Tomorrow we are looking forward to seeing a few last places in Prague before we catch our flight to London in the evening. Fortunately the weather was less hot and humid today, so sightseeing was more enjoyable and we are looking forward to a good night's sleep, despite the train roaring past every few minutes.
Natasha and Dave
Tuesday, July 17, 2007
The Jewish Quarter contains five synagogues, a graveyard and a Holocaust exhibit which, collectively, are referred to as the "Jewish Museum". Indeed, the syngagogues have been converted into museums, each with a different focus. One had displays about Jewish holidays and rituals; another focused on lifecycle events (birth, marriage, etc.) in Judaism, while a third focused on the Holocaust. In this one, the walls of the sanctuary were completely covered with the names of Jews from Prague (and surrounding towns) who had died in the Holocaust, while the upper level contained an exhibit of art by children at Terezin, a concentration camp near Prague.
One thing that Dave found interesting about the Holocaust exhibit was that it focused on the history of Prague and surrounding towns during the Holocaust, and the stories of Jews who lived there. Finally, the graveyard was *very* old (dating back to the mid-15th century) and, due to the number of people buried there, many of the gravestones were slanted sharply and others were hardly visible at all.
Another interesting aspect of the Jewish Quarter was its "tourist-y" feel. The Jewish museum occupies perhaps five square blocks, and the streets in this area were packed with souvenir shops and booths selling menorahs, mezuzot, kippot and various other items of Judaica. This was particularly strange for Dave, who had not thought of these items as "souvenirs". It was, more generally, strange to see Jewish religion, history and culture "on display", but since the Jewish community in the Czech Republic is dwindling rapidly (a few thousand people with an average age of 75) it seems that this is the form in which a Jewish presence in Prague will survive.
During our exploration of the Jewish Quarter, we had lunch (appropriately enough) at the Franz Kafka Cafe. After finishing the Jewish Quarter, we set off once more to find the chocolate museum. We eventually found the right twisty side-street, and even found the right place, but they were closed for some reason. Temporarily stuck, but undefeated, we resolved to try again tomorrow.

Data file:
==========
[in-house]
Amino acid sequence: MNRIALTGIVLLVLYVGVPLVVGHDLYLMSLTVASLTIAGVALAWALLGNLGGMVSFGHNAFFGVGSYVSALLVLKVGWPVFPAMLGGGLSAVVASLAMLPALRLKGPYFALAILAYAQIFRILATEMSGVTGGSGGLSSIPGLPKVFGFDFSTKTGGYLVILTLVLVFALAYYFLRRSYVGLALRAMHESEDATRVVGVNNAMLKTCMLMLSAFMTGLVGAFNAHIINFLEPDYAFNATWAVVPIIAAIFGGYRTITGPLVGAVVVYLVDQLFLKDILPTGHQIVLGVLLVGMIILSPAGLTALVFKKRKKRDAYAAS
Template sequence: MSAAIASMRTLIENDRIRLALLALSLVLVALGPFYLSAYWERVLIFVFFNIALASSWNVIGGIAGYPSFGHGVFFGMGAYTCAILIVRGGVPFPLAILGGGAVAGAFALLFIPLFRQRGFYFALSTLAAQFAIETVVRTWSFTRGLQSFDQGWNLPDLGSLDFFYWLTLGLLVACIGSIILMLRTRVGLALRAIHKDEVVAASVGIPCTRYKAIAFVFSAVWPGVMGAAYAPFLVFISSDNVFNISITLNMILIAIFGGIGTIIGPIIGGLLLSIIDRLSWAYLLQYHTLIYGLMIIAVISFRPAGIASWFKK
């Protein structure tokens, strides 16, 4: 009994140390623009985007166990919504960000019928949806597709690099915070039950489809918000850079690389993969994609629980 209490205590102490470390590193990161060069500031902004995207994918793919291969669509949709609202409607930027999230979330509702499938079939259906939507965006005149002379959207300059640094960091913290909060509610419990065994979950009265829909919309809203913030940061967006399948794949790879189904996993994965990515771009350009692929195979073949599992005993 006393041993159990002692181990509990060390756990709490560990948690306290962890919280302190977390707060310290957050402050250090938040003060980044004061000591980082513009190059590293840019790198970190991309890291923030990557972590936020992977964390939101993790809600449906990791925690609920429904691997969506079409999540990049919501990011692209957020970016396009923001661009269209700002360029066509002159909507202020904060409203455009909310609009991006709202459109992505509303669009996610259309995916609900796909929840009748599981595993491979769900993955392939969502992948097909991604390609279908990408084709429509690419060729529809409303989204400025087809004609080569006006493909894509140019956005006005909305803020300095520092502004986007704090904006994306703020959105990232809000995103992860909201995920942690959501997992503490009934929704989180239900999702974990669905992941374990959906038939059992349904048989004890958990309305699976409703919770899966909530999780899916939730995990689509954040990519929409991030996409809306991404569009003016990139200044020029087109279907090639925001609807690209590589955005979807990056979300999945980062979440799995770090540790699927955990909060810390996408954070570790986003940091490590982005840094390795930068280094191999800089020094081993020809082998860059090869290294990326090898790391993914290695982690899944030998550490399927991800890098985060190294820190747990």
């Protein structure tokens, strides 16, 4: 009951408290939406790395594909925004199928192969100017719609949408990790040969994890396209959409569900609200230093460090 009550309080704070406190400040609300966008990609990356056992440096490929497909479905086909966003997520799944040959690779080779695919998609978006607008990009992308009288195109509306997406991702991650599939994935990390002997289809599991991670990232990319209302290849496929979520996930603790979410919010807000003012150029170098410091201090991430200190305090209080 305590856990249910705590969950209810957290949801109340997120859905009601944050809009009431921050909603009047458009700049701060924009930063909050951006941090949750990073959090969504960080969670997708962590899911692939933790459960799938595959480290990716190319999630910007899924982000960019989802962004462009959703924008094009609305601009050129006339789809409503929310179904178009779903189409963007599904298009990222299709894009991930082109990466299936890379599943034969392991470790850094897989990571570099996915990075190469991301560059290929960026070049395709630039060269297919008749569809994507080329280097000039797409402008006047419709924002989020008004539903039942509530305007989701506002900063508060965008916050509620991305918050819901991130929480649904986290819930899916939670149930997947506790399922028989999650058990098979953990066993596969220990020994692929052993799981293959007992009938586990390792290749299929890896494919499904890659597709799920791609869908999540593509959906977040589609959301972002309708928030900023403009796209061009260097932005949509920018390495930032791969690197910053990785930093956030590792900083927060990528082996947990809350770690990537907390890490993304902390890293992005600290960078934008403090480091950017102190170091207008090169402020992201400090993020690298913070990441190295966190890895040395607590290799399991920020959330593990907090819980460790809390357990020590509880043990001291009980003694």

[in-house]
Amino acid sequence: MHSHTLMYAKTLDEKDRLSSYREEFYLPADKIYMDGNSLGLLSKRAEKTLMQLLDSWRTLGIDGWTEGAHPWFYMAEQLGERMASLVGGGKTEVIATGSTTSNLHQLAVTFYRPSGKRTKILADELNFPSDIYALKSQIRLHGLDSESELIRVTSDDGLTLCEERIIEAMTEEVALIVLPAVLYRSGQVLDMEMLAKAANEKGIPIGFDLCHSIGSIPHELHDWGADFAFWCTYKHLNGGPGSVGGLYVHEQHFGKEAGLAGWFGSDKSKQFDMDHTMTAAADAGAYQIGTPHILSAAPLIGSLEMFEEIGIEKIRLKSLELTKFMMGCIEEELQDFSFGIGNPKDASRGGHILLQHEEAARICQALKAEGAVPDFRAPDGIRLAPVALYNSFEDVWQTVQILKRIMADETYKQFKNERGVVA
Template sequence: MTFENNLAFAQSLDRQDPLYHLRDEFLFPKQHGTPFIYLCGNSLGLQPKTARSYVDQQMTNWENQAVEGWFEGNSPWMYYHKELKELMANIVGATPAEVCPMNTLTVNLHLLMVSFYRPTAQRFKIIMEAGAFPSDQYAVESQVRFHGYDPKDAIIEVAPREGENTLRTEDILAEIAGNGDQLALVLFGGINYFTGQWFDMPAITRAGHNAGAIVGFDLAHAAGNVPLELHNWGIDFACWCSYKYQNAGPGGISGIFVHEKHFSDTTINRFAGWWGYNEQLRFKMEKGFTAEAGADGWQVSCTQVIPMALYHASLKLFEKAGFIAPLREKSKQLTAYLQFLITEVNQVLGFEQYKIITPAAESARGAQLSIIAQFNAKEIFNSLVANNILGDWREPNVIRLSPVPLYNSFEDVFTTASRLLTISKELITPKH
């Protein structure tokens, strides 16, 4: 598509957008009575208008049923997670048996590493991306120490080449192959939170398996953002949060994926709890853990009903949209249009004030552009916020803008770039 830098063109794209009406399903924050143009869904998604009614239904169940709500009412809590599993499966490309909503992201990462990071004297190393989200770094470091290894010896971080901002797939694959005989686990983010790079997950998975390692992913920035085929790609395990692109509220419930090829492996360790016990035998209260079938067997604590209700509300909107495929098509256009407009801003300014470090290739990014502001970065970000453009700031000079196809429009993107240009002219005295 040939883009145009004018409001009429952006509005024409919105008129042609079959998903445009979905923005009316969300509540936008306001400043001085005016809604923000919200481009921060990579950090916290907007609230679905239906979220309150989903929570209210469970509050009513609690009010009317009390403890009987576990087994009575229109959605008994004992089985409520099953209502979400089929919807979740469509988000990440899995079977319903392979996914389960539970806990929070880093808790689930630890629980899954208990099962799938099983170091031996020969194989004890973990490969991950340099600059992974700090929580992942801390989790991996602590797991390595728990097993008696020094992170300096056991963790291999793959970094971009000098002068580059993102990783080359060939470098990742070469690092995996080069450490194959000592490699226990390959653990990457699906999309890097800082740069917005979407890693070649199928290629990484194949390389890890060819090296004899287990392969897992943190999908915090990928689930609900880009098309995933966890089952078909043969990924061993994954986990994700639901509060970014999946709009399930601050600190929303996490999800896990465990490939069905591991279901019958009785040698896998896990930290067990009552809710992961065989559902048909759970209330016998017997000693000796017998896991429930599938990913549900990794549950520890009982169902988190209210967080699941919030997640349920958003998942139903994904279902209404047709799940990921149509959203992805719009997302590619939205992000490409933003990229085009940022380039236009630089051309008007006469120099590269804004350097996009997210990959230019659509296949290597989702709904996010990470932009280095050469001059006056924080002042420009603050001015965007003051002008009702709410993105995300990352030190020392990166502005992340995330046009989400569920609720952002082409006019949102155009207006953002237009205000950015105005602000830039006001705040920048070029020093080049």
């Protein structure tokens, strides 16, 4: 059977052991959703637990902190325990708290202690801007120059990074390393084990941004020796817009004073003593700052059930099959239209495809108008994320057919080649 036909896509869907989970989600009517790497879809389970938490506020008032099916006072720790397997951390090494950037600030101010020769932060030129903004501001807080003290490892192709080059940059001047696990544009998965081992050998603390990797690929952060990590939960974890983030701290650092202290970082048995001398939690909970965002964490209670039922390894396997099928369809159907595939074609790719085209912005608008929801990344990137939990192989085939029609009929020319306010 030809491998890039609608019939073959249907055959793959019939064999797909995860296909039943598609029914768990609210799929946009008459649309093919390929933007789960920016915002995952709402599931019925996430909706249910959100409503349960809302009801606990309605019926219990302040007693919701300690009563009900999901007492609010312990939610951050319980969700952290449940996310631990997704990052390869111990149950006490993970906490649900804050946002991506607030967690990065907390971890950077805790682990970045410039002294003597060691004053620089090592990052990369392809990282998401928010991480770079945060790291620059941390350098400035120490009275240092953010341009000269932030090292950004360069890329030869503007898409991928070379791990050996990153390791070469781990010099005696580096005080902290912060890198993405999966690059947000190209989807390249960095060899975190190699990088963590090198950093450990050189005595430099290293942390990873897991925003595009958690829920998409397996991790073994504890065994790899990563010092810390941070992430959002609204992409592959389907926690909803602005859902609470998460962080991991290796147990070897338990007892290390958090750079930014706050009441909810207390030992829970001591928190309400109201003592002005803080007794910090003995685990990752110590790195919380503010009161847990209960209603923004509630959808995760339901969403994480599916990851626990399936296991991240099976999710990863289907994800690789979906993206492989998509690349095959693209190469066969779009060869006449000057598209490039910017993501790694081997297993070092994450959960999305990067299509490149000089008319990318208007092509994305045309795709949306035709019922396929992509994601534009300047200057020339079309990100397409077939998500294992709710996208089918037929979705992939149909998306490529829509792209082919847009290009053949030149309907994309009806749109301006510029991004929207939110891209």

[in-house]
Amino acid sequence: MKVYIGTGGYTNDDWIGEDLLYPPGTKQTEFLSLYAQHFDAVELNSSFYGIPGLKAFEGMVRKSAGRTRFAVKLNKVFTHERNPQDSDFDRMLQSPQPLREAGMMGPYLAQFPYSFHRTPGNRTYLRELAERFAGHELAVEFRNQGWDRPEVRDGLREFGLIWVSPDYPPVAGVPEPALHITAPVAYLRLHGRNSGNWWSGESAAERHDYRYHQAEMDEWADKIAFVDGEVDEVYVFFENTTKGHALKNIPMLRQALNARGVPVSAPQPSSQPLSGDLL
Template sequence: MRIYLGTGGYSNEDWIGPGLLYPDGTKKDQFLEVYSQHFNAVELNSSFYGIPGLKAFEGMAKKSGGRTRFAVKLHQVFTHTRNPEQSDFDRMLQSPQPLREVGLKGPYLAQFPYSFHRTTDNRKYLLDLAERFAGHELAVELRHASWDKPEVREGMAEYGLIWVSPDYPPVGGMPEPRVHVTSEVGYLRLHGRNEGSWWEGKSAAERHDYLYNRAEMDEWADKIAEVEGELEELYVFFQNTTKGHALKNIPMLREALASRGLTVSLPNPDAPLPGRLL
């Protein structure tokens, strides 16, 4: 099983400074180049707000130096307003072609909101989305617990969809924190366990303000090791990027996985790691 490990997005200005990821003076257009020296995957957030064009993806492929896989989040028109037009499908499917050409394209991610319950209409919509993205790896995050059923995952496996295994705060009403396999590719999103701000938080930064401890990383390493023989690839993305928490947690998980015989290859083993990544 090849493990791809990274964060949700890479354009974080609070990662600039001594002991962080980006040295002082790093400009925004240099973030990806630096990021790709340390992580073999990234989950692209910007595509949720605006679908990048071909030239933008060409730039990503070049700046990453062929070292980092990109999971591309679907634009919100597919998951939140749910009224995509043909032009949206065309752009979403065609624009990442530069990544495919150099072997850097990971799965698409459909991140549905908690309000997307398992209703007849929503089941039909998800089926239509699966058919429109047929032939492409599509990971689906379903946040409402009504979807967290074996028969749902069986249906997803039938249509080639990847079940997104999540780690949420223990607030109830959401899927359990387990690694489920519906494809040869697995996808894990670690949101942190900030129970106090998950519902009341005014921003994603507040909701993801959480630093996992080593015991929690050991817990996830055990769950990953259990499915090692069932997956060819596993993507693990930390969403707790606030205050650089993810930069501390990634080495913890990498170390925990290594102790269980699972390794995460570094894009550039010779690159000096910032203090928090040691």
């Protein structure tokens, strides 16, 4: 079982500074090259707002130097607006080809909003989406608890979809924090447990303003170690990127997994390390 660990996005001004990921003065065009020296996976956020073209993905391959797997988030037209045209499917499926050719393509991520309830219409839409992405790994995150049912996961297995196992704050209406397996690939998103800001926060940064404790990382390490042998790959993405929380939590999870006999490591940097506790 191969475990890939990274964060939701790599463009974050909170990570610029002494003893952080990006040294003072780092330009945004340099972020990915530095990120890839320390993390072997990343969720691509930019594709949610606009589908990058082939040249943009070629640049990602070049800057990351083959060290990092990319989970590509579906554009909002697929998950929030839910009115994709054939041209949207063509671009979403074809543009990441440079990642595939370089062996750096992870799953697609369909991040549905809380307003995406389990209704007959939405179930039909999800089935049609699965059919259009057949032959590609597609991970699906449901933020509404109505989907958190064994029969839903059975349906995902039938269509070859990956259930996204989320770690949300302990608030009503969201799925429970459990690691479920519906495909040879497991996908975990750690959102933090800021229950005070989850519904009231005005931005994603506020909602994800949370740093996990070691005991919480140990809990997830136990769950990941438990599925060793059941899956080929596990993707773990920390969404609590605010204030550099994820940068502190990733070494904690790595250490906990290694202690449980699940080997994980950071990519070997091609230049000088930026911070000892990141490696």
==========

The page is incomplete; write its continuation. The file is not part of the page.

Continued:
We then swung by the clock tower (which we visited yesterday) for a second look, and thanks to a fellow tourist, we looked at the right part of the tower, and saw twelve apostles parade past, each one turning as he passed to face the town square. Our difficulty yesterday was that we assumed they paraded around *outside* the clock, but they actually stay inside the clock and windows open so you can see them. From our vantage point yesterday, we couldn't see the windows.
Our curiosity about the clock satisfied, we headed over to the Charles Bridge for a view of the Vltava River (which runs through Prague) before catching a classical music concert at the St. Nicholas Church. The concert was made up of a smattering of Baroque and Classical music (Purcell, Handel, Bach, Mozart, etc.) for organ, french horn and an alto singer. The music was quite enjoyable, but the combination of the audience (made up of seemingly non-musically-inclined tourists) and the venue (we were seated facing away from the musicians, who played in the organ loft) created a less-than-ideal atmosphere.
We finished our day out in Prague with dinner at a restaurant that served both traditional Czech food (goulash for Dave) and not-so-traditional fare (pizza for Natasha). We got another chance to practice our Czech, and both enjoyed our meals.
Tomorrow we are looking forward to seeing the castle, the chocolate museum, and a giant metronome. Stay tuned for further details!
Dave and Natasha
Monday, July 16, 2007
After that, we wandered into the Old Town Square, saw the clock tower ring 6 o'clock (which was surprisingly unimpressive -- maybe we didn't have the right view), and saw several other impressive buildings. We both appreciated the fact that one restaurant on the Town Square had a person with a hose, spraying water so people could cool off. Prague is *really* hot (in the 30's), and there are headlines in the news about the heat (from what we can figure out -- it is in Czech after all.)
We had a delicious supper at a pub which was in the oldest cellar in Prague, dating back to the mid-13th century. Natasha really enjoyed her mushroom ragout on potato pancakes, and Dave had sausages in a black beer sauce, with a mug of Czech beer to wash it all down. We think our waiter was amused by our attempts to speak Czech, although Dave seems to have a fairly good handle on some basics -- please, thank you, excuse me -- it's all very useful!
After supper, we headed back to the hostel, and will be heading off to bed shortly in order to be rested and ready for a full day of sightseeing tomorrow. The combination of heat and lack of sleep have left us pretty wiped.